Hoi An Ancient Town is an exceptionally well-preserved example of a South-East Asian trading port dating from the 15th to the 19th century. Its buildings and its street plan reflect the influences, both indigenous and foreign, that have combined to produce this unique heritage site.
I will not type so much about Hoi An, because you could search for it on any travel website. Today, I would like to introduce you to more places and things you should do on your trip.
Thanh Ha Pottery Handcraft Village ( 1hour)
Ticket price: 35.000 VND (~1.5 USD)
Let’s keep your ticket and you will change it to a gift at a changing gift point inside the village.
The village opens every day at 8. a.m. and takes its last visitors around 5:30.p.m., though they don’t officially close until 6. p.m. Weekdays are better, and to avoid the heat, mornings are best. The tour groups showed up later in the afternoon—around 3 pm—but even at its busiest, the village did not feel crowded. It’s easy to disappear into the homes of the artisans or to duck into another section of the museum’s two floors
You could experience how to make pottery with artisans. The lesson is free, instead, you should buy something from their shop like the thanks. Pieces start at 20,000 VND (0.86 USD). Most shops offer similar items—incense burners, ashtrays, tea sets, and more.
The Thanh Ha Terracotta Park
Terracotta Park and Museum, which is an additional 40,000 VND (1.70 USD)
From the outside, the Thanh Ha Terracotta Park looks like just another sculpture park, but it’s not. It’s a lilliputian display of the architectural wonders of the world. Take a spin among the terracotta sculptures and you’re bound to recognize a few. There’s the Taj Mahal, the Leaning Tower of Pisa, and the Sydney Opera House. Even Lady Liberty makes an appearance. There are also those less familiar, like St Peter’s Square, Notre Dame de Paris, China’s Temple of Heaven, and more. See who can name the most without reading the plaques!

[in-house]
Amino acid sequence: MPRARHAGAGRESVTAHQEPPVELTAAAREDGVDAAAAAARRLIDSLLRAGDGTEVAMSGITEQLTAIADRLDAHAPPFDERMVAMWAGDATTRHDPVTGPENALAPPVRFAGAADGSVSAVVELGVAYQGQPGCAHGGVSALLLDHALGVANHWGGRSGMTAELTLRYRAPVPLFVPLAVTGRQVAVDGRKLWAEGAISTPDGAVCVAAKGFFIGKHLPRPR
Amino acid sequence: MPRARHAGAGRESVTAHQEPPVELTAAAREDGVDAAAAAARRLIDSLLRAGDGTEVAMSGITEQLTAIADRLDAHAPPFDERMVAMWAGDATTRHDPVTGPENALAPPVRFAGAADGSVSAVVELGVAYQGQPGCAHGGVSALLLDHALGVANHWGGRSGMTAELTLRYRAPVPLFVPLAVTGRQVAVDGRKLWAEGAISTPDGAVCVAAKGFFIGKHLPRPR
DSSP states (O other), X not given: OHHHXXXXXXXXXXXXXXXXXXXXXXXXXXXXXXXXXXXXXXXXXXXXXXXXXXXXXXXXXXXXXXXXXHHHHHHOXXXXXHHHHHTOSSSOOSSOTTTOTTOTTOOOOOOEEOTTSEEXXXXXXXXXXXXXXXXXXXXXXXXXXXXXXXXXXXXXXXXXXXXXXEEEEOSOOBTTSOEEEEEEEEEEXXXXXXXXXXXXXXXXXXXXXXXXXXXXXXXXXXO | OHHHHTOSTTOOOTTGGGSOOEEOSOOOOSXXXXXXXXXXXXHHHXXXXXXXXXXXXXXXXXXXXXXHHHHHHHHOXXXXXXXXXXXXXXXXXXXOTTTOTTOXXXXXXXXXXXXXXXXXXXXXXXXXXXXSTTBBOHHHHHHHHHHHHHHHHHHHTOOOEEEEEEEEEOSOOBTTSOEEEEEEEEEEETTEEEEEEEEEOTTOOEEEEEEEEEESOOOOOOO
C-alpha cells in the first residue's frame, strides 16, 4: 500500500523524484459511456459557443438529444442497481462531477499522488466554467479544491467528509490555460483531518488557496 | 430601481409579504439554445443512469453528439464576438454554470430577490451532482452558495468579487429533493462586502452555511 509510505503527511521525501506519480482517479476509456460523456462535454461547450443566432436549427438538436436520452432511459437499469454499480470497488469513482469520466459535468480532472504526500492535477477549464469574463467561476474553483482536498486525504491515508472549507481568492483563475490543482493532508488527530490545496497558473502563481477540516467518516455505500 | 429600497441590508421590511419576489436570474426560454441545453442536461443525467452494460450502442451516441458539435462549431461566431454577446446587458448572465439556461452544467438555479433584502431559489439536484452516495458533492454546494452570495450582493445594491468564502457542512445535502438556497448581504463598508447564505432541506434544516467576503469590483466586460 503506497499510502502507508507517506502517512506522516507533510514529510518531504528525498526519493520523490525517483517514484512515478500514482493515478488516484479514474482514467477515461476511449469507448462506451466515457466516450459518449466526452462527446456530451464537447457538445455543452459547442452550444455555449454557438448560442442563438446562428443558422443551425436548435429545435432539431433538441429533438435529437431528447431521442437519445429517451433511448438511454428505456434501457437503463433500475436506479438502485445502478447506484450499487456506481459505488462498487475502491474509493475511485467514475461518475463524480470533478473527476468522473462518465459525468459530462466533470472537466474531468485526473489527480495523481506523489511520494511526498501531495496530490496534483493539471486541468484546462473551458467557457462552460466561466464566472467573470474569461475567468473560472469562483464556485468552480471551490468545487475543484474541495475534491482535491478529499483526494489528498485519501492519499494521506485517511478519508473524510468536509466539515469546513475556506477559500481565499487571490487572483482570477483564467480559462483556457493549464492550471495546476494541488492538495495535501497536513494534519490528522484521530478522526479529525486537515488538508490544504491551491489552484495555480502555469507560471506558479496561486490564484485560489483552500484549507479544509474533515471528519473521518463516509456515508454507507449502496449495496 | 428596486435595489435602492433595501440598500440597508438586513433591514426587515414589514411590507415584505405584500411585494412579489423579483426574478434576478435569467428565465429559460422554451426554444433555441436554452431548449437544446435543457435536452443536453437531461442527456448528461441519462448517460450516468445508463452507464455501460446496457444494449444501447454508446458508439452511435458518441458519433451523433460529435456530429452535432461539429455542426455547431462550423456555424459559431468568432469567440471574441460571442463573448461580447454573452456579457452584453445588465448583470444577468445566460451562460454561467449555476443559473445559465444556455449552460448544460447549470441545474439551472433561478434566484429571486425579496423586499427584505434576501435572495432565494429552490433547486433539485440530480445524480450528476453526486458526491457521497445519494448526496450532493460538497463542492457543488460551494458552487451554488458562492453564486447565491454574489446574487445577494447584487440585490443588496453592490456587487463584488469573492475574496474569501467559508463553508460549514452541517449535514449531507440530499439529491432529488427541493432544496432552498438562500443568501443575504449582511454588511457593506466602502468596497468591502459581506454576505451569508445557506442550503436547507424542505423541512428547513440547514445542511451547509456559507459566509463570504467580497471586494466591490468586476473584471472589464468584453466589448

Part of this village’s charm is exploring a craft that is ancient and yet, interminable. These villagers tell their family histories through the art they create and the stories echo in the crumbling walls and rustic landscape.
A private boat from the Old Town takes about half an hour, and it’s likely a lot cooler than some of the other modes of transport to the village. The boats leave at all times of the day from along the river in the Old Town then head downstream, giving visitors a unique view of Hoi An. Prices are negotiable, but we were quoted 500,000 VND (21.70 USD) for three people or 150,000 VND (6.50 USD) for one.
2. Kim Bong Carpentry Handcraft Village
If you have a sense of curiosity about making a handmade craft, becoming an “apprentice carpenter” would be the best remedy.
The locals and the experienced artisans are willing to teach and introduce to the tourists the rudimentary knowledge of carving. Dropping on the workshop, tourists not only observe the full steps to create a fully work-out product but also create their favorite ones by themselves
+ Check the weather forecast to avoid traveling in the stormy and rainy season, which deter you from joining in outdoor activities
+ Dressing casually, because the village is considered the countryside with traditional habits and costumes. The village entrance is free of charge
+ The tour is suitable for a family trip, especially for children. They could widen their horizon about history as well as the valuable culture of Vietnam.
+ There are numerous means of transportation at a very reasonable price you could to travel there
3. Seven Mau Water Palm Forest
The ticket price to visit Hoi An coconut forest is 30,000 VND/person. From now to the end of 2022, you only pay for half. You can choose to rent a boat or a basket boat to go depending on your preferences or the number of people accordingly.
Since you come here, you will participate in sightseeing activities and outdoor experiences, so choosing a time with the fantastic weather of the year will help you have a more comfortable and perfect trip. The time from February to September every year is a reasonable time to go to the coconut forest in Hoi An because Hoi An has dry and cool weather. Notably, in June and July, the sun is quite hot, but the river water is clear, ideal for sightseeing, so the number of tourists coming here is quite crowded at this time!
4. Tra Que Vegetable Village